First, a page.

Should owners select Dallas Clark or Jermichael Finley as the second tight end drafted (behind Antonio Gates)?
The Case for Clark
Most owners rightfully made Clark the first tight end off the board in 2010. Clark was coming off career highs in catches (100) and yards (1,106) while grabbing 10 touchdowns. Clark firmly solidified his role as Peyton Manning’s top option over the middle and was off to a strong start in 2010 before he suffered a severe hand/wrist injury. Through six games, Clark grabbed 37 passes for 347 yards and three touchdowns. Tight end Jacob Tamme took over where Clark left off, grabbing 67 passes for 631 yards and four touchdowns. In short, the starting Colt tight end posted 104 catches for 978 yards and seven touchdowns, which would be good for second in tight end scoring. Given Clark’s immense talent, he probably would have topped these numbers.
Clark, an eight-year NFL veteran, has been reliabile and a model of good health. Last year marked only the second season in which Clark missed more than one game due to an injury. Reports suggest that Clark’s wrist is fully healed and he’s ready to have a big season. Clark just turned 32 years old, but remains as one of Manning’s favorite targets.
The Case for Finley
Does any player in our entire game have more upside than Finley? After a somewhat quiet 2009 regular season where he grabbed 55 passes for 676 yards and five scores, Finley showed America his monster potential in the Divisional Round against the Arizona Cardinals, grabbing six passes for 159 yards. However, his stat line isn’t what caught my attention. It’s his size and run-after-the-catch ability. The 6-foot-5, 247 pound Finley was easily running by outside linebackers and safeties, giving Aaron Rodgers a huge, freakishly athletic target over the middle.
Heading into 2010, on upside alone, I knew I had to have the third-year pro from Texas on my team. However, Finley let me and the rest of his owners down, suffering a season-ending knee injury after only playing in the first four games. Finley’s final stat line included 21 catches, 301 yards and one score. So how does this affect his 2011 value?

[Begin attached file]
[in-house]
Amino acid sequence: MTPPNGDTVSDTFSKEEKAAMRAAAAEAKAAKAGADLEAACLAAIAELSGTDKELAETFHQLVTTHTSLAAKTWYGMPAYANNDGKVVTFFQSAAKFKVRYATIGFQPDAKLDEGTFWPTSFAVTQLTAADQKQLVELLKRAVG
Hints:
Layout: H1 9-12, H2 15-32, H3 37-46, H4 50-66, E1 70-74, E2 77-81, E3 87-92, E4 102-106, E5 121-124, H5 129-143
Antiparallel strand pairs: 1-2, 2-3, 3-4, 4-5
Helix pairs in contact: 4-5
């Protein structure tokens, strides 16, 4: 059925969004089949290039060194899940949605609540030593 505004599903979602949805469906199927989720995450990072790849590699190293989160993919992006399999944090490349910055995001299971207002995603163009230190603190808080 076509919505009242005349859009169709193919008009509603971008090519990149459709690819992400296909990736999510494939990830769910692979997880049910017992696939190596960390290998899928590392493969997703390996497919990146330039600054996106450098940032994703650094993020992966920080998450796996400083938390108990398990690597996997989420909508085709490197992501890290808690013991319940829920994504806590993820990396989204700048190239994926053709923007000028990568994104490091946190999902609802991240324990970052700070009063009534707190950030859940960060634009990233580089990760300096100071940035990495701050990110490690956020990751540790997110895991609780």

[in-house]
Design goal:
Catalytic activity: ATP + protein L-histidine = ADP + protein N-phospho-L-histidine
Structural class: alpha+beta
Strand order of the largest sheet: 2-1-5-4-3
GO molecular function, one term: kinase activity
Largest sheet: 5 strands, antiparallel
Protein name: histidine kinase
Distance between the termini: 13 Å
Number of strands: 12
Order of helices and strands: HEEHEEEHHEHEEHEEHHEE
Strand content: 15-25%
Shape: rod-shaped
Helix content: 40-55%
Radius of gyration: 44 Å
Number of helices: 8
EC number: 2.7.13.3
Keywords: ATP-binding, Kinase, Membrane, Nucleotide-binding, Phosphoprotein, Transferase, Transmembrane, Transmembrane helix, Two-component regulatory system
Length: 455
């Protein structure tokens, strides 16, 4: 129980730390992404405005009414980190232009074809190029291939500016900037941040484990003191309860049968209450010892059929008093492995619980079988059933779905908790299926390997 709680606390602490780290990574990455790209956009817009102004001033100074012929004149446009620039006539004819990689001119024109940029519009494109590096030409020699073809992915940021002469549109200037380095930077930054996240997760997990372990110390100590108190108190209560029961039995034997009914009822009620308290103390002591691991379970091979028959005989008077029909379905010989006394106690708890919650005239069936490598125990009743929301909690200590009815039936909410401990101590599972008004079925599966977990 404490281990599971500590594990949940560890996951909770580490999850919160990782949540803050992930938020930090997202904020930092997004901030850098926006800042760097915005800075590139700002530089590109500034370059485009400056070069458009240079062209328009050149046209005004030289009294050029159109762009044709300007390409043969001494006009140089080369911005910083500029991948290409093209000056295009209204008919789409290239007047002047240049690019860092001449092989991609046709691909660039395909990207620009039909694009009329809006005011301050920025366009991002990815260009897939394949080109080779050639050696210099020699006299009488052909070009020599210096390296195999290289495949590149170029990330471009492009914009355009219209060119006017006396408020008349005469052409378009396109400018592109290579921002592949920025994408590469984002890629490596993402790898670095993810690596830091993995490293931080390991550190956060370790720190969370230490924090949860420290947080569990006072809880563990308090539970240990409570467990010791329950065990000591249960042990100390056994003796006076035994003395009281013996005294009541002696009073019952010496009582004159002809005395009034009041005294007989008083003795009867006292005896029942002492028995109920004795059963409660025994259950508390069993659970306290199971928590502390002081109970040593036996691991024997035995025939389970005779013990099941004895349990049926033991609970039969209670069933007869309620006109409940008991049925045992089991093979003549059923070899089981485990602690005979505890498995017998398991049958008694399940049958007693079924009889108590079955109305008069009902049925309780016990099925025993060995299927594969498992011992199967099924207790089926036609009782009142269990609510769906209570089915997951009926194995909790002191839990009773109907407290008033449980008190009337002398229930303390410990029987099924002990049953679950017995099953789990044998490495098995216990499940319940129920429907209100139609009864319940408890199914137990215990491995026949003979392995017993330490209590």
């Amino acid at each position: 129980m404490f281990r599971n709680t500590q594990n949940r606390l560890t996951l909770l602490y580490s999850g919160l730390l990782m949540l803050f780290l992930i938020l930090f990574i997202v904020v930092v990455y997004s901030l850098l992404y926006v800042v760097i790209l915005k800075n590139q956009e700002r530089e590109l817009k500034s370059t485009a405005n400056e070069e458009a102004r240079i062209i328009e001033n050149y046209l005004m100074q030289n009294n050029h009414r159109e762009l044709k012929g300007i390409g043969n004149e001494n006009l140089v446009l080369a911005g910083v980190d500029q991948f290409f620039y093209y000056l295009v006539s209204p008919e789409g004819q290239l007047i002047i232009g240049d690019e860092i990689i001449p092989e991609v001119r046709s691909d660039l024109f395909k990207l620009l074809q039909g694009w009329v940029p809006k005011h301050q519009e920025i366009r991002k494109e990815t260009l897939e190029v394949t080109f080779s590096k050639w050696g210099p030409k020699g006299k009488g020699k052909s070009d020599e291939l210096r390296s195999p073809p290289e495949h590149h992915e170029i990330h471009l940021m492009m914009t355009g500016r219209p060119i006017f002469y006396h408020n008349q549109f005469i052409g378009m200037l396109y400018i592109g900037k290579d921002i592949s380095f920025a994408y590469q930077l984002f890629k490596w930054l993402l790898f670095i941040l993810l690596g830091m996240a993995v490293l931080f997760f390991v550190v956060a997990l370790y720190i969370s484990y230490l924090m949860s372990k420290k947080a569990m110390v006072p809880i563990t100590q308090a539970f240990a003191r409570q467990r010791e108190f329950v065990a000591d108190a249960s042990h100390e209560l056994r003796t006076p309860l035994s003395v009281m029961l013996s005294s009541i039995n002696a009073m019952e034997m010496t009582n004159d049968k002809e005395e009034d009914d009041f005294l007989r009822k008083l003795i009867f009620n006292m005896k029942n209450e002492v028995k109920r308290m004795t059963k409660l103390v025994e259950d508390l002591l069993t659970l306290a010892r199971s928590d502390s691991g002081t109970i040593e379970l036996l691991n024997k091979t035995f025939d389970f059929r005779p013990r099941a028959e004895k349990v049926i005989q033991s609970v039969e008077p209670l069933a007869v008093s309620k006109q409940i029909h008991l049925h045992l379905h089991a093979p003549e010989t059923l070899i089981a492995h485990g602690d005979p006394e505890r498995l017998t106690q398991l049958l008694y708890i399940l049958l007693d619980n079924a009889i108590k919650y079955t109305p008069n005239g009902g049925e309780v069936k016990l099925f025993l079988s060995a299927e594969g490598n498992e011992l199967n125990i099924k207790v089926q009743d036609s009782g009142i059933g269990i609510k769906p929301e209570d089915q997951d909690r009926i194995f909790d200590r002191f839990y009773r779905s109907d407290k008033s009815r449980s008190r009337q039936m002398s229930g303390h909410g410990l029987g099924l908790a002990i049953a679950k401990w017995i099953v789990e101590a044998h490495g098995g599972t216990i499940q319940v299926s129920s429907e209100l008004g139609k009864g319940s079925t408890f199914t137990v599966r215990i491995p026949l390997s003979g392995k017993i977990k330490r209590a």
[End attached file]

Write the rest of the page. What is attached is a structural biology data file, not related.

If we look back to last season, Finley was tied with Greg Jennings in terms of total targets over Green Bay’s first four games:
1) Jennings 10-5-6-5 26 total
2) Finley 6-6-9-5 26 total
Finley and Jennings each received 21 percent of Green Bay’s total targets. More impressively, Finley’s catch rate was 81 percent, which was tops for tight ends. Over a full 16-game slate, an 81 percent catch rate is not sustainable. For their careers respectively, Gates and Tony Gonzalez have averaged a 66 percent catch rate, but neither player has played with a quarterback as dynamic and as accurate as Aaron Rodgers. To better gauge Finley’s potential output, let’s assume that Finley regresses to his 2009 catch rate (75 percent).
Since Finley has only one full season worth of statistics, let’s make some assumptions. In Green Bay’s first four games last season, Rodgers, on average, attempted 31 passes per game. Over the 10 games that Finley did not play, Rodgers increased his pass attempts to 34 per game. If we assume that Rodgers attempted 34 passes per game for the entire season, that would mean he made 544 attempts over the course of the season. If we assume that Finley maintained 21 percent of the targets, that gives him 115 targets (third among tight ends last year) and a 75 percent catch rate gives him 86 catches (second). Finley was averaging 14.0 yards per catch before his injury, which would allow me to project him to reach roughly 1,200 yards (first). Touchdowns are almost impossible to project, but Finley possesses double-digit touchdown ability. This study alone shows that Finley is a 1,000-yard receiver, double-digit touchdown scorer if he can stay healthy. Knee injuries are always tricky, but reports suggest that Finley is back to his freakishly athletic ways.
The second tight end on my 2011 board is: Jermichael Finley, Green Bay
Both tight ends play in dynamic passing offenses where quarterback play and supporting players are elite. However, Finley’s upside is way too good to pass up. Outside of injury concern, there’s nothing not to like about Finley this season. He has the tools, situation and ability to finish as fantasy’s top tight end.
Clark is still elite, but we saw his best season in 2009. I can conservatively project that Clark will grab 85 balls for 850 yards and eight touchdowns, but with Finley, I can shoot for the moon. No one would be surprised to see Finley grab 85 passes for 1,100 yards and 10-12 touchdowns. To me, that potential is a slam dunk in the fourth round. Hopefully, it is for you too.